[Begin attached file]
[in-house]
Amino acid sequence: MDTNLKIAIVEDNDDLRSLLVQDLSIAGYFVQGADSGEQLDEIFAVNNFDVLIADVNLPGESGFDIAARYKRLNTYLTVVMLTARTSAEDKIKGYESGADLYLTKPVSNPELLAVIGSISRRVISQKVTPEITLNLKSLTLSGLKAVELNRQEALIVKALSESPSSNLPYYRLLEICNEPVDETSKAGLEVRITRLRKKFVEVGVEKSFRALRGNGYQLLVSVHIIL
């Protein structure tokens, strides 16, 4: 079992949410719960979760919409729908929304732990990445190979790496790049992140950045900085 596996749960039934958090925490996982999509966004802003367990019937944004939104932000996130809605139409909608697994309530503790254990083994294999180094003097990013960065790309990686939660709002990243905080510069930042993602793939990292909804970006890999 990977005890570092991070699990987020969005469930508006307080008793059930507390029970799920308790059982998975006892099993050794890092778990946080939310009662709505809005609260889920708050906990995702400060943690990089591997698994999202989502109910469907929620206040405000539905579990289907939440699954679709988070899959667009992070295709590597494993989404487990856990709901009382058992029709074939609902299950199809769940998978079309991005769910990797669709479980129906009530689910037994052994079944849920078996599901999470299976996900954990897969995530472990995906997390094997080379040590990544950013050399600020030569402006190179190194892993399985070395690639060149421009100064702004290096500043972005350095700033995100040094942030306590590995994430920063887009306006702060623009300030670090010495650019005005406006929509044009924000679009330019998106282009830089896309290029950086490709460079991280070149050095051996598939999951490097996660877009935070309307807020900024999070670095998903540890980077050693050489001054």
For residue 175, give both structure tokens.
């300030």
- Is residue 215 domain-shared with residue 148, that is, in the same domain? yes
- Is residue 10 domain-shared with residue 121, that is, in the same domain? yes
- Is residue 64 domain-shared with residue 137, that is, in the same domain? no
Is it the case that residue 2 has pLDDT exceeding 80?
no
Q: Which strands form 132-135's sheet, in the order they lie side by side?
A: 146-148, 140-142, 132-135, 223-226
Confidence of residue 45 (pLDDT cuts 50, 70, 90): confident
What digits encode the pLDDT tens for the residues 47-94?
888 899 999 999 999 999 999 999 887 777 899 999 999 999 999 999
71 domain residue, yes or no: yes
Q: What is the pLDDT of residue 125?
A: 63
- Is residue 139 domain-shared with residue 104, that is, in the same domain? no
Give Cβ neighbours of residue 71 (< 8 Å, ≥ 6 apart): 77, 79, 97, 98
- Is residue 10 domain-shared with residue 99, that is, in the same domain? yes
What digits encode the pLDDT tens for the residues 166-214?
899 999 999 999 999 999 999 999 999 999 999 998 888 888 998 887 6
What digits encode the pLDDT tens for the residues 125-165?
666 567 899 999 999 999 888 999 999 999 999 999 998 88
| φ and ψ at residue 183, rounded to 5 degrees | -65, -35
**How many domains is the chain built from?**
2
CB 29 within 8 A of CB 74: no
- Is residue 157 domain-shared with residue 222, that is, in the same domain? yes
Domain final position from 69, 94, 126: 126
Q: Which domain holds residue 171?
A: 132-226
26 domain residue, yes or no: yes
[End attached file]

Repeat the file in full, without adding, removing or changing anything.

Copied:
[in-house]
Amino acid sequence: MDTNLKIAIVEDNDDLRSLLVQDLSIAGYFVQGADSGEQLDEIFAVNNFDVLIADVNLPGESGFDIAARYKRLNTYLTVVMLTARTSAEDKIKGYESGADLYLTKPVSNPELLAVIGSISRRVISQKVTPEITLNLKSLTLSGLKAVELNRQEALIVKALSESPSSNLPYYRLLEICNEPVDETSKAGLEVRITRLRKKFVEVGVEKSFRALRGNGYQLLVSVHIIL
């Protein structure tokens, strides 16, 4: 079992949410719960979760919409729908929304732990990445190979790496790049992140950045900085 596996749960039934958090925490996982999509966004802003367990019937944004939104932000996130809605139409909608697994309530503790254990083994294999180094003097990013960065790309990686939660709002990243905080510069930042993602793939990292909804970006890999 990977005890570092991070699990987020969005469930508006307080008793059930507390029970799920308790059982998975006892099993050794890092778990946080939310009662709505809005609260889920708050906990995702400060943690990089591997698994999202989502109910469907929620206040405000539905579990289907939440699954679709988070899959667009992070295709590597494993989404487990856990709901009382058992029709074939609902299950199809769940998978079309991005769910990797669709479980129906009530689910037994052994079944849920078996599901999470299976996900954990897969995530472990995906997390094997080379040590990544950013050399600020030569402006190179190194892993399985070395690639060149421009100064702004290096500043972005350095700033995100040094942030306590590995994430920063887009306006702060623009300030670090010495650019005005406006929509044009924000679009330019998106282009830089896309290029950086490709460079991280070149050095051996598939999951490097996660877009935070309307807020900024999070670095998903540890980077050693050489001054």
For residue 175, give both structure tokens.
């300030």
- Is residue 215 domain-shared with residue 148, that is, in the same domain? yes
- Is residue 10 domain-shared with residue 121, that is, in the same domain? yes
- Is residue 64 domain-shared with residue 137, that is, in the same domain? no
Is it the case that residue 2 has pLDDT exceeding 80?
no
Q: Which strands form 132-135's sheet, in the order they lie side by side?
A: 146-148, 140-142, 132-135, 223-226
Confidence of residue 45 (pLDDT cuts 50, 70, 90): confident
What digits encode the pLDDT tens for the residues 47-94?
888 899 999 999 999 999 999 999 887 777 899 999 999 999 999 999
71 domain residue, yes or no: yes
Q: What is the pLDDT of residue 125?
A: 63
- Is residue 139 domain-shared with residue 104, that is, in the same domain? no
Give Cβ neighbours of residue 71 (< 8 Å, ≥ 6 apart): 77, 79, 97, 98
- Is residue 10 domain-shared with residue 99, that is, in the same domain? yes
What digits encode the pLDDT tens for the residues 166-214?
899 999 999 999 999 999 999 999 999 999 999 998 888 888 998 887 6
What digits encode the pLDDT tens for the residues 125-165?
666 567 899 999 999 999 888 999 999 999 999 999 998 88
| φ and ψ at residue 183, rounded to 5 degrees | -65, -35
**How many domains is the chain built from?**
2
CB 29 within 8 A of CB 74: no
- Is residue 157 domain-shared with residue 222, that is, in the same domain? yes
Domain final position from 69, 94, 126: 126
Q: Which domain holds residue 171?
A: 132-226
26 domain residue, yes or no: yes